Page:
Who usually cooks in your family? – Our mum does.

Paula and Jack sometimes visit us at the weekends. –  Sorry, I didn’t catch you. Who visits you at the weekends? – Paula and Jack do.

         A short answer to the questions of this type are formed with the auxiliary verb “do” or “does”.

SEMANTIC CLASSIFICATION OF THE VERB

Semantically the verb can be classified from different points of view. All the verbs can fall into several groups:


GROUP 1. STATIVE AND DYNAMIC VERBS

to run, to walk, to dress                also called state or statal

to be, to see, to know

Most STATIVE VERBS DESCRIBE a state rather than an action and therefore do not normally have continuous tenses, e.g.  

Do you know our new neighbours’ name?  

Listen!  Do you hear anything strange?

STATIVE VERBS INCLUDE:  

1. verbs which express likes and dislikes, wishes and emotions

to like to love to dislike to enjoy to detest  to prefer

to adore to hate to want  to wish to envy  to hope

to fear  to care

Don’t lie to me! I hate when people lie.

What do you feel when you look at your neighbour’s new house? – I envy them

  1.  verbs of the senses (verbs of sense perception)

to see  to hear   to smell     to taste to sense to sound    to  feel

Jim must be at home.

I can see his car parked outside.

  1.  verbs of mental perception

to know    to believe  to understand          to realize  to remember

to forget    to notice  to recognize          to think  to seem

to see (= understand)  to expect (= think)         to imagine  to suppose

I expect they will be late.

Jack now realizes that a job like that was very difficult for him.

Do you believe now that I was right?

  1.  verbs of possession

to have           to belong           to own           to possess

Do you know who this pictures belong to?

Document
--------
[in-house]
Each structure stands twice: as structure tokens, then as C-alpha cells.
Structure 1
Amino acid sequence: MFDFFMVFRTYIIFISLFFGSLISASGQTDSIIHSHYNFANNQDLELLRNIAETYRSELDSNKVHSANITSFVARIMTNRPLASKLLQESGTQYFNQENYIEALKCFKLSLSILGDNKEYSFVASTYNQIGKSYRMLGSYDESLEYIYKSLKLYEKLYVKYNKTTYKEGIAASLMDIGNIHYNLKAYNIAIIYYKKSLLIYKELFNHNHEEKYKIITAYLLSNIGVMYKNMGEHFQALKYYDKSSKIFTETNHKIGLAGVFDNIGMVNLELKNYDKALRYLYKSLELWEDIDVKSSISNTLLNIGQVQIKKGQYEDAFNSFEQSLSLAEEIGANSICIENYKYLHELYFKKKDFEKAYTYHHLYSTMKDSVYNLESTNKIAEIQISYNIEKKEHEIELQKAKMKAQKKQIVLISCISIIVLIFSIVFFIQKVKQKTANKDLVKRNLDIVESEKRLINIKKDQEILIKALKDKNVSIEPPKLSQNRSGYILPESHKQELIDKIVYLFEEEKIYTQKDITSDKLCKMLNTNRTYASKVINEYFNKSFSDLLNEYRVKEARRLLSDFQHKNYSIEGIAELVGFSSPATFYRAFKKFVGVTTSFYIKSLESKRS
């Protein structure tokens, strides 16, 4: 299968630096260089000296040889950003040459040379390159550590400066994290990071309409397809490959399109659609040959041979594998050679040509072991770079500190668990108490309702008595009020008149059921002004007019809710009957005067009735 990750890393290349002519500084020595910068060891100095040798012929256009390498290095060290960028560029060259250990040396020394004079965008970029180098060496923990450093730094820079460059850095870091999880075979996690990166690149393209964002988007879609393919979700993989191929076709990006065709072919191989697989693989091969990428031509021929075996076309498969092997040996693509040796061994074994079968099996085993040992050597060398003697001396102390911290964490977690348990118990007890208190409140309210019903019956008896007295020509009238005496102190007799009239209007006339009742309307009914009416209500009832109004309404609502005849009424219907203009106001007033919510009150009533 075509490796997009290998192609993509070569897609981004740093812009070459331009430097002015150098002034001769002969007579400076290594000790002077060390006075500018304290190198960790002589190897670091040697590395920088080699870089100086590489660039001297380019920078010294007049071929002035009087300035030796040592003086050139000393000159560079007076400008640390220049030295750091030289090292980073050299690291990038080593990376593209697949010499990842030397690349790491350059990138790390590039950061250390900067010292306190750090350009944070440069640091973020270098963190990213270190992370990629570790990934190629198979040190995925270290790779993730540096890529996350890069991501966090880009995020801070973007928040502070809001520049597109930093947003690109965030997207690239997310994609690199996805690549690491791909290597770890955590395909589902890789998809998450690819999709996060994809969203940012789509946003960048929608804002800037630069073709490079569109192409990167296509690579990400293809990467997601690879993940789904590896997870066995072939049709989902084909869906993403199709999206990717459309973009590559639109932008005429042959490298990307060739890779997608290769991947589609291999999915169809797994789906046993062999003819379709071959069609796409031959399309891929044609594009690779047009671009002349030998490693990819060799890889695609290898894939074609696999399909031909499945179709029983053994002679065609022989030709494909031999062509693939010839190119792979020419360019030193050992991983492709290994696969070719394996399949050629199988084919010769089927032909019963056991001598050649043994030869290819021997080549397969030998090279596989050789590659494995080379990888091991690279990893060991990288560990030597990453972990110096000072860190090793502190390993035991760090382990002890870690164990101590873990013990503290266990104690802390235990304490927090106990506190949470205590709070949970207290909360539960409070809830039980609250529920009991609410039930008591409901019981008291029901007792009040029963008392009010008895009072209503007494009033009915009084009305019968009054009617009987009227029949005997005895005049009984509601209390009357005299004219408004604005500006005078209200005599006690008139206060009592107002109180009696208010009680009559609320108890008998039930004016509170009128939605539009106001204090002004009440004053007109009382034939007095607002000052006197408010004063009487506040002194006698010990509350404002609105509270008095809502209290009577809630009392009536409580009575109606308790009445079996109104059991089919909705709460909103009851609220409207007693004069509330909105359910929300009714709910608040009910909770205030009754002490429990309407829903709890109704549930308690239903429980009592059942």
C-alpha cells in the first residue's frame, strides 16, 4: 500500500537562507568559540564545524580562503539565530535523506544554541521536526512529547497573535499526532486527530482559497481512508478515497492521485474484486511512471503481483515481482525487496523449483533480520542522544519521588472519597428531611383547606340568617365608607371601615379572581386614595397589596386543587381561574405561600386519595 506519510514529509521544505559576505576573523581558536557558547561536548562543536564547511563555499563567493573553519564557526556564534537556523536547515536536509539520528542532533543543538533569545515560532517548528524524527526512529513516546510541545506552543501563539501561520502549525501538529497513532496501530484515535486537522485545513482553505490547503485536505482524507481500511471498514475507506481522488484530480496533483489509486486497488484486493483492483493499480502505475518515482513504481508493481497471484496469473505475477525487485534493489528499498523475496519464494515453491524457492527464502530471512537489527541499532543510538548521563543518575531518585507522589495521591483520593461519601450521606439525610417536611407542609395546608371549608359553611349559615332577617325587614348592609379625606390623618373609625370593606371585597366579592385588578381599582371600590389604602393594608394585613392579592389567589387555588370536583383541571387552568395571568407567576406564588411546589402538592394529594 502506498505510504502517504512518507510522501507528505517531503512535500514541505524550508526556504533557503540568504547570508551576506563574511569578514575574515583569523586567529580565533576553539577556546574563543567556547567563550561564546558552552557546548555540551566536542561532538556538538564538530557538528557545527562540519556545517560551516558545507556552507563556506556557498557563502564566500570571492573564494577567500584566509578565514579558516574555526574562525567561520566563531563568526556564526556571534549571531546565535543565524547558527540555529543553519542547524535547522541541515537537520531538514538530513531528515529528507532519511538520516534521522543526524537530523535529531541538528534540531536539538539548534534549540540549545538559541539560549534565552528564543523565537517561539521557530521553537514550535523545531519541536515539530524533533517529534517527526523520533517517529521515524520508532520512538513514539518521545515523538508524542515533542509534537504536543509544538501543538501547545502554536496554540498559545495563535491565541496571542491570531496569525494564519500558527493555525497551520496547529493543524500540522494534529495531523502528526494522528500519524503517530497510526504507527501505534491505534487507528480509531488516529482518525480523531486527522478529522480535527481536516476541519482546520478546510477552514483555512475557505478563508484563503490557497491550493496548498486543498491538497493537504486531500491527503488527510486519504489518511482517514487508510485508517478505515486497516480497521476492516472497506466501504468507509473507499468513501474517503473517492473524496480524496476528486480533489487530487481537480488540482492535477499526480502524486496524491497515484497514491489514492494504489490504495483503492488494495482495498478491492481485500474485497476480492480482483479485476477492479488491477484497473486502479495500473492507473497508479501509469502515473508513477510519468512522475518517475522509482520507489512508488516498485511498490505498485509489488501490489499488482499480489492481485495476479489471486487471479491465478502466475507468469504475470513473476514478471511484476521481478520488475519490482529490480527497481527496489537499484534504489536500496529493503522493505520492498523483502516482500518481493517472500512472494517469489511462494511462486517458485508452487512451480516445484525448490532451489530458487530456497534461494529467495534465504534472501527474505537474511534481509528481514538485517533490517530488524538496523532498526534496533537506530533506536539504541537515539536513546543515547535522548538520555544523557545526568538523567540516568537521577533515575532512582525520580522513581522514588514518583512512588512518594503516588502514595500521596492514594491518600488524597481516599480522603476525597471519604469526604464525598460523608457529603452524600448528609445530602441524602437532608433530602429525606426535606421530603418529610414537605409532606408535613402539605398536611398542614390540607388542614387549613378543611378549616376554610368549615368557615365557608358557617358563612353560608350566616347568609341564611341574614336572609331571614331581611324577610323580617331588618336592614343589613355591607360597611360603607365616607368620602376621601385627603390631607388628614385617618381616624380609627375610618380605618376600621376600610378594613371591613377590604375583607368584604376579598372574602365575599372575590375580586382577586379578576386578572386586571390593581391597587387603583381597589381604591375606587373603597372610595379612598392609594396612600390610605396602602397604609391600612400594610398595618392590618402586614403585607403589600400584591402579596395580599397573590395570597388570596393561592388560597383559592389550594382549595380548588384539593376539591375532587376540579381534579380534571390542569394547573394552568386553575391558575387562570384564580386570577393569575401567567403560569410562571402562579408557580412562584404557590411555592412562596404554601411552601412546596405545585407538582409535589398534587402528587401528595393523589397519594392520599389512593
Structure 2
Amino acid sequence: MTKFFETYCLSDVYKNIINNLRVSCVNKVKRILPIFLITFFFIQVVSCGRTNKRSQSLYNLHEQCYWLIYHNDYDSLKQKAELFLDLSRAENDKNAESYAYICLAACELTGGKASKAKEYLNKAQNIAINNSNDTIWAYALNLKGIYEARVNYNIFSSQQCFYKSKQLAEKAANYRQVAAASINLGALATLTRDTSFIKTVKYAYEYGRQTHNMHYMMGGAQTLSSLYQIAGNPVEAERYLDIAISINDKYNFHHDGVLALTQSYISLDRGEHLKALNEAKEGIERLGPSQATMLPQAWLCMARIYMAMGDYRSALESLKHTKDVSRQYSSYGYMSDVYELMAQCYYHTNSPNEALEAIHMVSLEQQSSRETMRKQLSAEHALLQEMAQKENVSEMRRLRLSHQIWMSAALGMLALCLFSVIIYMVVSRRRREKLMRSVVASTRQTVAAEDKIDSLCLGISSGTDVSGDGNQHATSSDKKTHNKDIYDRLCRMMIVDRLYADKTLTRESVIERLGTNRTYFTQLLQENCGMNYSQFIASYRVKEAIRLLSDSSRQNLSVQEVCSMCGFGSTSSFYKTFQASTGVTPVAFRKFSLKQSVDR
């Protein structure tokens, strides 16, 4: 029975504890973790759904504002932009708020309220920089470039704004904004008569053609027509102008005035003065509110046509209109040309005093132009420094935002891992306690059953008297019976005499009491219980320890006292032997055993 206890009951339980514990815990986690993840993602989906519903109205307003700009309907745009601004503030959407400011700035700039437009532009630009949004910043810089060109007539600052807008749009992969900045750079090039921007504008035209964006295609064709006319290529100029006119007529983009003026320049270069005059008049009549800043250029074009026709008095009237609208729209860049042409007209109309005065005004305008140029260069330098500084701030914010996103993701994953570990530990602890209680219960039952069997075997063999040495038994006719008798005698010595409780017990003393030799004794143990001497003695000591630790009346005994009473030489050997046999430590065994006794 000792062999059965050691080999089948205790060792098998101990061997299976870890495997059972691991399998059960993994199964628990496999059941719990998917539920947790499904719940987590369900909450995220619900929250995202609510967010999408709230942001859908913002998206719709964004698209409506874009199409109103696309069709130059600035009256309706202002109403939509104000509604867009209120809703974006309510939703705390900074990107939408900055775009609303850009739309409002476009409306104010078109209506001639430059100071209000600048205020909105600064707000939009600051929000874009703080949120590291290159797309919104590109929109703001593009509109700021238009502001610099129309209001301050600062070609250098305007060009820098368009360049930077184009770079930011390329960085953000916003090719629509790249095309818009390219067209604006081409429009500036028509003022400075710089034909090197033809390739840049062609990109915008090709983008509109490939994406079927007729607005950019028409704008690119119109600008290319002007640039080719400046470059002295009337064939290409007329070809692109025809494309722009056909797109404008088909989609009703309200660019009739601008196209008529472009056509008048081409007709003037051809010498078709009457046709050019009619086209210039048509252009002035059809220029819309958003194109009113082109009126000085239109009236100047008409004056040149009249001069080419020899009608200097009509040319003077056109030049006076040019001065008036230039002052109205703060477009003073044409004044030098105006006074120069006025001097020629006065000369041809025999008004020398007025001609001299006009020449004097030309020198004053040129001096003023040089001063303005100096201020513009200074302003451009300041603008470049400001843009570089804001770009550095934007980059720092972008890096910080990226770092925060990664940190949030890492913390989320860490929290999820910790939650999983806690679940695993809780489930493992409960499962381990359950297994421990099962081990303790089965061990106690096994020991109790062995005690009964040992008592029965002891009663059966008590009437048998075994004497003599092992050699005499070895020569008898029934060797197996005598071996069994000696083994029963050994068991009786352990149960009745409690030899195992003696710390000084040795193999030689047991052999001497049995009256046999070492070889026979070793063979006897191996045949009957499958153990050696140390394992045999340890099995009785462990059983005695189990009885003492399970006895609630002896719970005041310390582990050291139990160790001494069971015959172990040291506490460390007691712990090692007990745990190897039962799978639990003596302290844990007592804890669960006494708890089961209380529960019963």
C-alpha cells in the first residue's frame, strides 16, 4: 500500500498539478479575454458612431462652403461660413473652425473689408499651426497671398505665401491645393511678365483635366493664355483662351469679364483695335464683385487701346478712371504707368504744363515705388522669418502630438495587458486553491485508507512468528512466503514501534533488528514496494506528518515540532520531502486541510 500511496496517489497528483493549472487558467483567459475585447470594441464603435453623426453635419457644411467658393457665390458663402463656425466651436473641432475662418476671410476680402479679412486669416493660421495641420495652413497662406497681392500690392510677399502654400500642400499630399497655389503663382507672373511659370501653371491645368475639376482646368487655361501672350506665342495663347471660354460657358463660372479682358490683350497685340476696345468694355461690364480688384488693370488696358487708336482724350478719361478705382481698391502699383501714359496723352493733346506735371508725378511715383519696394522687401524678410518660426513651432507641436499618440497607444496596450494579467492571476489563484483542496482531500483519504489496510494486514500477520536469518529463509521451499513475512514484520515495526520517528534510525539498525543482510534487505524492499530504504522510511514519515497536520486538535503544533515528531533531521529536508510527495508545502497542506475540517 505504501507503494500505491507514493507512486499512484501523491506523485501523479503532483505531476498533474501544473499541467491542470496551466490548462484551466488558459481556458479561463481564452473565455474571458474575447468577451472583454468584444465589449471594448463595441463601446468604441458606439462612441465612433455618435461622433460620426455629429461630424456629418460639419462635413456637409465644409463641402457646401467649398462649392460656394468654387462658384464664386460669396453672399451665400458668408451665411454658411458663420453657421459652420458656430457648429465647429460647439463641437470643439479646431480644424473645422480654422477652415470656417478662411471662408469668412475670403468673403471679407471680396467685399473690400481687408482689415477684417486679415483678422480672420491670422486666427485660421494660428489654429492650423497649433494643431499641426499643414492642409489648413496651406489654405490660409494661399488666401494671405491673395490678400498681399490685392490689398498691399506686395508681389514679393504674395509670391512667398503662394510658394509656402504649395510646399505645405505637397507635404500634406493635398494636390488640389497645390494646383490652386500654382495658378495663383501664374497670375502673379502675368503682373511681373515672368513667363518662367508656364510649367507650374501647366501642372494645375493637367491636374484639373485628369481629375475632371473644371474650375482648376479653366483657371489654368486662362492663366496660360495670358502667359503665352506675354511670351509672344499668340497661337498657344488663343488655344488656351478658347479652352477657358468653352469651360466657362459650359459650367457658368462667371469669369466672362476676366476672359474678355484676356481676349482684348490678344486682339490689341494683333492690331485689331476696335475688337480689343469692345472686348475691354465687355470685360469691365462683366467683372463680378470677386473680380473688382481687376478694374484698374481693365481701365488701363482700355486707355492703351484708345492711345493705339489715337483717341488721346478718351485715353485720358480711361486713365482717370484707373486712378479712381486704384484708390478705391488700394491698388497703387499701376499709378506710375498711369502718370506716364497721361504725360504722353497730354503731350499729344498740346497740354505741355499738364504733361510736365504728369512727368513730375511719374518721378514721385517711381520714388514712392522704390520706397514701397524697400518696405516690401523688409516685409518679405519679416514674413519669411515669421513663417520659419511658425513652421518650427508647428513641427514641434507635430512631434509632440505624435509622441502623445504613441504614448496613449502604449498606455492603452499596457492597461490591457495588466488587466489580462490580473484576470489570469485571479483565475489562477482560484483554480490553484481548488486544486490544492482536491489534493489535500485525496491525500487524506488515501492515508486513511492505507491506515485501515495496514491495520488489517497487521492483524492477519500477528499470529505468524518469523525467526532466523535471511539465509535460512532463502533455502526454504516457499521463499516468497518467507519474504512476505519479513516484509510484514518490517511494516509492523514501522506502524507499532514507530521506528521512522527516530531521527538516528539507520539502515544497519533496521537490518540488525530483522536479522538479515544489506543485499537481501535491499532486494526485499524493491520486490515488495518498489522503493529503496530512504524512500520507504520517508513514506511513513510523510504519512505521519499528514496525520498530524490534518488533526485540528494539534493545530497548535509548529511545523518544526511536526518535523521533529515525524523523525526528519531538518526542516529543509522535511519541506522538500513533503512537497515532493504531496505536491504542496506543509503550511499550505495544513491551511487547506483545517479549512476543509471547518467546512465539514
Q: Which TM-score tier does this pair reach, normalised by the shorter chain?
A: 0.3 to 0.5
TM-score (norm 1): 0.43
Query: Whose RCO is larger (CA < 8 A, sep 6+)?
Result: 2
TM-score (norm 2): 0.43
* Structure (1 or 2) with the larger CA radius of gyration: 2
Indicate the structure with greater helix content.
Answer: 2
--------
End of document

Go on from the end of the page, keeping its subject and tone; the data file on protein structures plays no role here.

My uncle owns a hotel.

  1.  some other verbs such as 

to be  to contain to include  to fit  to need  to matter

to cost  to mean to owe to require  to weigh to keep

Martin owes me 15 dollars.

This dress fits you perfectly.

The bag costs a lot.

NOTES:  

  •  Some verbs can be either dynamic or stative according to the context, in which they are used, e.g.  

I can’t see anything, it’s too dark here. (a stative verb)

I’m seeing Mary in the morning. (= I’m meeting her. – a dynamic verb)

  •  The verb “to be” used in indefinite aspect denotes a person’s character, occupation, age, etc, or a permanent state, while used in the continuous aspect means a person’s behaviour, a temporary situation, and is usually used with adjectives such as careful, silly, (im)polite, lazy, etc.), e.g.  

What are you doing at the moment? – I’m being lazy, just for a change.

Stop talking back to me. You are being impolite.

  •  The verb “to enjoy” can be used in the continuous aspect to express specific preference, e.g.

I'm enjoying this party a lot. (specific preference)

I enjoy going to parties. (I enjoy parties in general.)

  •  The verbs “to look” (when we refer to a person's appearance), “to feel” (= experience a particular emotion), “to hurt” and “to ache” can be used in either the continuous or simple tenses with no difference in meaning, e.g.

You look/are looking great today.

How are you feeling today? = How do you feel today?